A mystery in the recent Burnsville city election was at least partially solved in a Nov. 12 campaign filing.
Paul F. Gonyea, a south suburban commercial real estate broker, is listed as chairman and treasurer of a political committee that sent a pre-election mailing attacking Mayor Elizabeth Kautz.
He said this week that about 10 business owners were behind the 28,000-circulation mailing, and the committee got more than 20 donations.
“I don’t really know anyone who’s a fan of hers,” said Gonyea, of Gonyea Commercial Properties in Burnsville.
Business owners behind the mailing were chiefly motivated by the Performing Arts Center, Gonyea said. The mailing claims the mayor has underreported annual costs and “losses” since the center opened in 2009.
“I think lots of business owners are upset with the fact that the Performing Arts Center has not done simple, legitimate accounting,” said Gonyea. His personal accountant used city records to compile the figures in the mailing, Gonyea said.
The mailing had Kautz and her supporters crying foul and puzzling over its source. The only identifier on the four-sided, red-white-and-blue flier was the name “Coalition of Better Business in Burnsville” at the bottom of the front page.
In an interview with Sun Thisweek before the Nov. 6 election, Kautz called the mailing “malicious, nasty and hateful.” She said it was unprecedented in Burnsville city politics.
An ad from her campaign committee that ran in the Nov. 2 edition of Sun Thisweek featured a letter from Kautz, in which she urged residents to email her with questions “or call the city for facts.”
In the ad, she denounced the mailing as a “hateful smear piece” that attacked her “character, integrity and ethics.”
It charged that the so-called Coalition of Better Business in Burnsville, whose name was on the mailing was not registered with the state and violated campaign law.
Gonyea bristled this week at the charge, noting that his Nov. 12 filing with the city clerk, even though it was post-election, fulfilled timely disclosure requirements under state law.
In the filing, Gonyea reported that the Coalition of Better Business in Burnsville spent $8,330 on the mailing, which was sent in late October.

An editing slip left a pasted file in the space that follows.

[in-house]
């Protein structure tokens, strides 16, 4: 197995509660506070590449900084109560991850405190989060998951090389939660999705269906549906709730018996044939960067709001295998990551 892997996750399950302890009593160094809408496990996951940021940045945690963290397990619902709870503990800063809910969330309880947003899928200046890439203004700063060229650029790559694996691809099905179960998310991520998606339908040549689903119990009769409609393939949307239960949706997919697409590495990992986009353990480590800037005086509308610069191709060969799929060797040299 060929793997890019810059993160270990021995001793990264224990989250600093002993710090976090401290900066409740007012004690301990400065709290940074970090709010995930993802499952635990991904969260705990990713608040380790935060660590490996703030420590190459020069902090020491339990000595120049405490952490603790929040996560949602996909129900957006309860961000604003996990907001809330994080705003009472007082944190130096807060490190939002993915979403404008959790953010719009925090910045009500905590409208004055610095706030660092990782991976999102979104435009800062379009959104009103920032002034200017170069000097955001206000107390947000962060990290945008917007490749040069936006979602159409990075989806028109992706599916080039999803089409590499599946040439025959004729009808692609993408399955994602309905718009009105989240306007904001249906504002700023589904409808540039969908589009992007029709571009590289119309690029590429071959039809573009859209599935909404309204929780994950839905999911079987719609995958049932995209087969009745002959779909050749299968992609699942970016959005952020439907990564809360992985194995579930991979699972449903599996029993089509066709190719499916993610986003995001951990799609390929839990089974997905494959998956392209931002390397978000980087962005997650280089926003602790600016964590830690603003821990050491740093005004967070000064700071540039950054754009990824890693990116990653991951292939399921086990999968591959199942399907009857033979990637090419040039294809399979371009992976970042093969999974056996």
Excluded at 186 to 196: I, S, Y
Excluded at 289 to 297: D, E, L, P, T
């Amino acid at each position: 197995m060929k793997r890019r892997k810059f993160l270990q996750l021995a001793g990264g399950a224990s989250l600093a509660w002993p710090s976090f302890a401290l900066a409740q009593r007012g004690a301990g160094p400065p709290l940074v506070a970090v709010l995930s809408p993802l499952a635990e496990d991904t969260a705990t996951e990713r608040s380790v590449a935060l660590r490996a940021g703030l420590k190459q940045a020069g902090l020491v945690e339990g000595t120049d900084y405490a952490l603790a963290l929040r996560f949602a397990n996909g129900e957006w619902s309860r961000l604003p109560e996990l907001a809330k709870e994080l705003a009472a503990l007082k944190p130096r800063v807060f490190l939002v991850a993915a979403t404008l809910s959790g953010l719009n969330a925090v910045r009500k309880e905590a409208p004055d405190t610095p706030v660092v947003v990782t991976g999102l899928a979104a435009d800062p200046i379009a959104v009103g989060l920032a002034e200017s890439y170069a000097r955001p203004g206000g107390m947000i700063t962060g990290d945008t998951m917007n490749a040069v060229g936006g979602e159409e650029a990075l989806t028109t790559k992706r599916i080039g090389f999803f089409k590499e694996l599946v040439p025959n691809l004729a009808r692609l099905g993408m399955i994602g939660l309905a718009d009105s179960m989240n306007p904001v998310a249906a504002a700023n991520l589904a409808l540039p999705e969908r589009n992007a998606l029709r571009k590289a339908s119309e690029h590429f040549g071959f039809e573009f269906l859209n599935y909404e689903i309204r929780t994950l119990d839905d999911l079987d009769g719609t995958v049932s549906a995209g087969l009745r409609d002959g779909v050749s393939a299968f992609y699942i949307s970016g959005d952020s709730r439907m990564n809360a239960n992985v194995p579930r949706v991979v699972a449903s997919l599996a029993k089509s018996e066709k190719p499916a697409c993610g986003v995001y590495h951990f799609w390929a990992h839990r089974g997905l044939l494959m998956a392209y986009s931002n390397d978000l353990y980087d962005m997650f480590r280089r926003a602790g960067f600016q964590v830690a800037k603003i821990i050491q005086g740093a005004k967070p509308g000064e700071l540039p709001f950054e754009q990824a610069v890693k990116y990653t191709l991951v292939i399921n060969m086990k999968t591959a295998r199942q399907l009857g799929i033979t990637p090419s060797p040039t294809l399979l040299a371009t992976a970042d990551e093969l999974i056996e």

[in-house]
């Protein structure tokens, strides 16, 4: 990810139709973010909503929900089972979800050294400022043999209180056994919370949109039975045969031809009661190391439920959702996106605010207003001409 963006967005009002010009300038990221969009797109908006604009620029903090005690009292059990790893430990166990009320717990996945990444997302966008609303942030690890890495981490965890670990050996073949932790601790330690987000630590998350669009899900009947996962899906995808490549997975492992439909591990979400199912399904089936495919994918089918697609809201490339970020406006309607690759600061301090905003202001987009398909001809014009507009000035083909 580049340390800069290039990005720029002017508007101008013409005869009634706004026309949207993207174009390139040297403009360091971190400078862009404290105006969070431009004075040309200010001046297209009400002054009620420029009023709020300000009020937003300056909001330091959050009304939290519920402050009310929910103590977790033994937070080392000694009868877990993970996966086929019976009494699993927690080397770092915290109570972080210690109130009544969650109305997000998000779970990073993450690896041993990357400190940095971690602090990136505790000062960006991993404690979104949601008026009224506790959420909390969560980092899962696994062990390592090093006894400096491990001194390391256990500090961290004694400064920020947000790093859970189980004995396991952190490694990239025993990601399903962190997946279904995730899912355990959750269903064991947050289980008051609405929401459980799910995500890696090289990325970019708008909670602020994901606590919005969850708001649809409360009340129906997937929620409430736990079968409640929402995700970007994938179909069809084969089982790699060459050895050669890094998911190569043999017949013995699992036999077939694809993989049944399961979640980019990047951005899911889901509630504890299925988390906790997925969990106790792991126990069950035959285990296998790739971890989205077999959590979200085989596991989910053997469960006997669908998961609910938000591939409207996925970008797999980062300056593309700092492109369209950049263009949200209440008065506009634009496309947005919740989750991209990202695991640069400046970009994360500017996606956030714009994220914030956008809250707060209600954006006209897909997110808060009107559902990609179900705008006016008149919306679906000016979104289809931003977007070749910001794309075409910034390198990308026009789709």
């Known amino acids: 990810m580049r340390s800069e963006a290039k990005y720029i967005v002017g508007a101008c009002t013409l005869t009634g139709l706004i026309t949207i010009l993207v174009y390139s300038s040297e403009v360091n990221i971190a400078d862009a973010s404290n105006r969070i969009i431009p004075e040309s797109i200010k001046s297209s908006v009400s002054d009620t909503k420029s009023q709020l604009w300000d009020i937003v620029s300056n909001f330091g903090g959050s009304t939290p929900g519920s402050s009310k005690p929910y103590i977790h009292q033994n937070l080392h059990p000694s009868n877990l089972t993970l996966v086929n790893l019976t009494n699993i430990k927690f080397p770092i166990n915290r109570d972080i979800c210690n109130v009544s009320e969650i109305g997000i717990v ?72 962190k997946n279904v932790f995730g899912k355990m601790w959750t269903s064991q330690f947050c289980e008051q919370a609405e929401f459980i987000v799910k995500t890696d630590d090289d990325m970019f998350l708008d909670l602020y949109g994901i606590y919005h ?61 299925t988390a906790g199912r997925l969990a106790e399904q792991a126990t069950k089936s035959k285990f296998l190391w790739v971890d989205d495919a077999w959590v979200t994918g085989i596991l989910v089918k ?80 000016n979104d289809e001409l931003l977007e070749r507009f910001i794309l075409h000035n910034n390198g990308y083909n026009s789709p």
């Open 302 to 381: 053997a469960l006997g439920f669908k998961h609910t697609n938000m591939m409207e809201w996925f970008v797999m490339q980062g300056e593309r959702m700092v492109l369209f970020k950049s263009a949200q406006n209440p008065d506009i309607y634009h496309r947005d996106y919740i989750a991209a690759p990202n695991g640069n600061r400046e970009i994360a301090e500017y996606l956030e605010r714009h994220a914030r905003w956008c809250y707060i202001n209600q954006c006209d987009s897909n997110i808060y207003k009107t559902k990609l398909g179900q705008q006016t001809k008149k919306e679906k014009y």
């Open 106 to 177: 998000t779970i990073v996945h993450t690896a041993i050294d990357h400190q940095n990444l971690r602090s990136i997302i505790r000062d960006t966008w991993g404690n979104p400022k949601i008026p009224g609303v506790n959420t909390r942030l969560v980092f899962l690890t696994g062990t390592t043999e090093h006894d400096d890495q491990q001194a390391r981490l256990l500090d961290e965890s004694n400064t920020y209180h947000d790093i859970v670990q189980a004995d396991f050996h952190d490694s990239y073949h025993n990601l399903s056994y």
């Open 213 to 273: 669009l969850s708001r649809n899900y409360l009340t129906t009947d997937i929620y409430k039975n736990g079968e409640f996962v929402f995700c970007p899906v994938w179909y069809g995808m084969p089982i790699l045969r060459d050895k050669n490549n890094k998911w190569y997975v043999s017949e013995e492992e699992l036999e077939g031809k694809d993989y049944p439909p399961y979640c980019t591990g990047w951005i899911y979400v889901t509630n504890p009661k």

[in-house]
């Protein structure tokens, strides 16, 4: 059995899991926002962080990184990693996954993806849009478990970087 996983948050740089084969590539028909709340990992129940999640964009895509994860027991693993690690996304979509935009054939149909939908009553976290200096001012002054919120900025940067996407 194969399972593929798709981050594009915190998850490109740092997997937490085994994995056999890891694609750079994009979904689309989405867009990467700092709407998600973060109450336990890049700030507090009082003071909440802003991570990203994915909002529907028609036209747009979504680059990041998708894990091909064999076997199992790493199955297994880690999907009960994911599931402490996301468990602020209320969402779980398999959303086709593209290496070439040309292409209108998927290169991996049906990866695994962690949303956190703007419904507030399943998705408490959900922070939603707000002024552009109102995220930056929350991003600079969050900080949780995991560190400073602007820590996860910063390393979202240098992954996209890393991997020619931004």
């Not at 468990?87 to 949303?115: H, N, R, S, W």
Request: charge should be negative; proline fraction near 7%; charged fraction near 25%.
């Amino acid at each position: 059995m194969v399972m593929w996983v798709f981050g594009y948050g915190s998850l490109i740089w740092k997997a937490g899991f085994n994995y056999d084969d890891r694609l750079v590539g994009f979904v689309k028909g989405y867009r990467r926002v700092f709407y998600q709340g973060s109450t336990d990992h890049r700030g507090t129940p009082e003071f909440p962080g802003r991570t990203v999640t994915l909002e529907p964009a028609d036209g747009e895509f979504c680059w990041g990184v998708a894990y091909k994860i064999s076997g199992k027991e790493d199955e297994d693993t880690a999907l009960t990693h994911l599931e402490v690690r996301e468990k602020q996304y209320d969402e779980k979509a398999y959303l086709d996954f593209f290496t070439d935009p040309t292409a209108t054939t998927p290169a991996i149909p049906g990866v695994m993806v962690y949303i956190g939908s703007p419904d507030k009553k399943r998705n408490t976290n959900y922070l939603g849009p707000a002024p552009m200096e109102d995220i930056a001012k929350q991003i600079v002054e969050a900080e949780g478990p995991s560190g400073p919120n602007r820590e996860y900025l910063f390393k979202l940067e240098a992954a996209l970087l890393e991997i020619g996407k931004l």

Gonyea said there were no particular “ringleaders” behind the mailing and that he took on the reporting duties. He said business owners involved probably “don’t want to be disclosed.” He said he was the only commercial realtor among the core group, but “a number of” the other business owners own buildings.
Kautz won re-election Nov. 6 with 57 percent of the vote in a rematch with challenger Jerry Willenburg. She widened her victory margin over her 2008 race against Willenburg when she won 54 percent.
Willenburg vehemently denied any involvement with the mailing. Kautz strongly suggested in media interviews that Willenburg was likely to have had knowledge of the mailing effort if not outright involvement.
Not so, Gonyea said.
“I’ve talked to Willenburg. I let him put (campaign) signs up on my property. He had nothing to do with this, nor would he. He had absolutely no knowledge of this whatsoever.”
The mailing accuses Kautz of underreporting costs and losses at the Burnsville Performing Arts Center; acting to have a stoplight installed directly across from her condominium in the Heart of the City; not supporting the now-departed Grossman Chevrolet when closure was threatened by General Motors and instead ushering in a Costco store on the property; conflicts of interest stemming from her one-time employment as president and CEO of Aravia Group Inc., whose owner also owned a development company that did business in Burnsville; and overhyping the success of the Heart of the City despite some vacant condominiums and business failures.
Gonyea said there are no City Council votes in Kautz’s 17-year tenure as mayor involving one of his properties that would turn him against her.
“I’ve actually always been cordial with her,” Gonyea said. “I’ve been around here longer than her.”
Under state law, a political committee or fund is required to register with the Campaign Finance and Public Disclosure Board within 14 days after receiving contributions of or spending more than $750.
In city elections, such filings are made with the city. Burnsville Clerk Macheal Brooks approximated that the mailings first went out on Oct. 29, giving the sender until Nov. 12 to meet the filing requirement.